Your options for private eye care

More of us pay for private eye care, including eye tests, glasses and contact lenses. This guide looks at what the NHS offers and your options when paying for private treatment.

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What eye care does the NHS provide?

The NHS provides various services, from routine eye tests to eye surgery for common complaints, including glaucoma and cataracts. You can access treatment for eye problems via your GP or with a referral from your optician.

Eye tests

You can qualify for a free NHS eye test if you're under 16 (or 18 and in full-time education), over 60 or if you or your partner receive certain benefits.

Some medical and eye conditions also qualify you for a free test, for example, if you have diabetes, are blind or partially sighted, have glaucoma or are at increased risk because of your family history.

Free eye tests are usually available every two years or more frequently if clinically necessary.

Ophthalmology services

Hospitals provide ophthalmology services for more serious eye conditions. Some treatments, such as cataract surgery, are available at CHEC community clinics.

Hospitals also offer treatment for glaucoma, retinal tears and diabetic retinopathy for in-patients and out-patients.

Combining NHS and private eye care

You can combine NHS and private treatment. For example, if you see your optician for an eye test, their examination may reveal an eye condition that needs emergency treatment or a consultant appointment for further treatment or eye surgery.

Equally, you may qualify for a free eye test but pay for glasses.

Employer-funded eye tests

If your work involves using a display screen, your employer should pay for regular eye tests and glasses if you need them for display screen work. It's worth checking whether there's an existing voucher scheme or agreement with a local optician.

Private eye care

Your local optician can provide a range of services for private patients, including tests, treatments and referrals to ophthalmology consultants if needed. They'll often monitor conditions such as glaucoma and cataracts and refer you for cataract surgery when necessary.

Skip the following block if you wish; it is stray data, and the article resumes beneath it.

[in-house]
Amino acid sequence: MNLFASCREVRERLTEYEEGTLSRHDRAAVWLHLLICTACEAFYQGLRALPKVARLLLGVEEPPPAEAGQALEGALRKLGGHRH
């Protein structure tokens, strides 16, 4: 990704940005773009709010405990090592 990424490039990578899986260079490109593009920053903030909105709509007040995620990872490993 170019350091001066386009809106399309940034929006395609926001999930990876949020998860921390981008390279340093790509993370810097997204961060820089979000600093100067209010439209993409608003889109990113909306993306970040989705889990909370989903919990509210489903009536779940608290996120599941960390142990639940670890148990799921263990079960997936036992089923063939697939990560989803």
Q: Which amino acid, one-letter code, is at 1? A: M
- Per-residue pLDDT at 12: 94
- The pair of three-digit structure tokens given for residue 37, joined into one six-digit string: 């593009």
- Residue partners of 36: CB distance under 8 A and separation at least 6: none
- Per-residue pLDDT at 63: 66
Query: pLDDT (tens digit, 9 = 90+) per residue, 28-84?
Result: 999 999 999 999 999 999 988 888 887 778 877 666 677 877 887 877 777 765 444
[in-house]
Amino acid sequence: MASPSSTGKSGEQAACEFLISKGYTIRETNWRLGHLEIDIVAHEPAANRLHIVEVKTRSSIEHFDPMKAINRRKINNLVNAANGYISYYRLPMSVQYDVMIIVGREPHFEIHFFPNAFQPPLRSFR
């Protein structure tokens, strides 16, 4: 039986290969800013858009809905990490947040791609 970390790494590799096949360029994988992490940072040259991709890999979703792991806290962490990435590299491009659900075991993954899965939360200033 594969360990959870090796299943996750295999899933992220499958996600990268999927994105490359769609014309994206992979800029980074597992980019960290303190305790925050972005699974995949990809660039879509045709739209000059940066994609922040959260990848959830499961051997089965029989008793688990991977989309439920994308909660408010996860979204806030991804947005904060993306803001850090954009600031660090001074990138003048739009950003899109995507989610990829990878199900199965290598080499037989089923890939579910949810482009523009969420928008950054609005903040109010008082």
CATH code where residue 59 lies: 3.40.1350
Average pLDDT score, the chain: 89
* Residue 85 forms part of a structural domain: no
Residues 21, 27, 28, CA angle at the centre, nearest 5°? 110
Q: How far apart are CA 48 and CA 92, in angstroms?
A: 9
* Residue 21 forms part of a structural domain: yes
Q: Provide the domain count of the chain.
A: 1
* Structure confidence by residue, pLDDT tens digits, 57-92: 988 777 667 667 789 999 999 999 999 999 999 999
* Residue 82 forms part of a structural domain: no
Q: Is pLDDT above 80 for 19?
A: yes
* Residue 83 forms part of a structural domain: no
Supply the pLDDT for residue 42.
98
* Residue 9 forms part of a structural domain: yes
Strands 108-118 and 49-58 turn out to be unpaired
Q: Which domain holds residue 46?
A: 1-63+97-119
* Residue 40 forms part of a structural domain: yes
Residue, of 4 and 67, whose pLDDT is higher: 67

Eye tests

As well as vision tests, some opticians have advanced technology to check your eye health and retinal scanners to diagnose symptoms that may need further treatment.

Glasses and contact lenses

You can choose glasses and contact lenses, including disposables. Many opticians also offer prescription sunglasses.

Specialist advice on eye conditions

Your optician can offer helpful advice on common complaints, including short-sightedness, dry eyes, visual stress, vision problems related to dyslexia, and other special educational needs.

Payment options for opticians

Paying direct

Paying your optician directly can be the simplest method, particularly if you have predictable needs such as regular check-ups and a change in prescription every few years. However, this can mean a hefty bill if your whole family needs glasses simultaneously.

Payment plans

Many opticians now offer payment plans which cover regular check-ups and scans. You can often get discounts on glasses and spread the cost. Some opticians also provide servicing, reglazing and insurance if your glasses are damaged.

Health cash plans

Health cash plans help you manage your routine healthcare costs and pay cashback on eligible treatments and check-ups, including eye care. Providers often include services such as a virtual GP and reward programmes; some let you add your children at no extra charge.

Depending on your provider, you can claim the cost of glasses and contacts, while some also cover laser eye surgery, prescription sunglasses and sports goggles. There's often an exclusion period when you first buy the plan; if you've had eye surgery in the past, some providers exclude optical cover for 12 months, so always check the small print.

What eye care does health insurance offer

If you decide to invest in health coverage, you can add optical and dental care at an extra cost. Here's what you can expect as part of your policy.

Eye tests

Most policies include eye tests in their optical coverage. Some only cover glasses once your optician has prescribed them, so always check your policy documents carefully.

Glasses and contact lenses

Health insurance will generally only cover new glasses or contact lenses if your prescription has changed since your last eye test or if you need them for the first time. 

In-patient treatment

Even the most basic policy will provide cover if you need in-patient eye surgery.

Out-patient care

If you have full out-patient coverage on your policy, it will cover everything from your diagnosis to surgery. Most basic policies now include some out-patient cover. Some fund tests and an initial consultation with a specialist. Others cover out-patient surgery such as cataract surgery.

Getting professional advice

MyTribe guides help you learn more about private healthcare and health insurance but aren't a substitute for specialist advice. Contact us for a comparison quote if you'd like to explore your options. We'll put you in touch with a regulated broker for high-quality, tailored advice.

Disclaimer: This information is general and what is best for you will depend on your personal circumstances. Please speak with a financial adviser or do your own research before making a decision.

Chris Steele
Founder and Editor

Chris is our resident private health insurance and healthcare expert. He has over a decade of experience writing about private medical insurance and treatment. He's Chartered Insurance Institute qualified and is regularly quoted by the national press.

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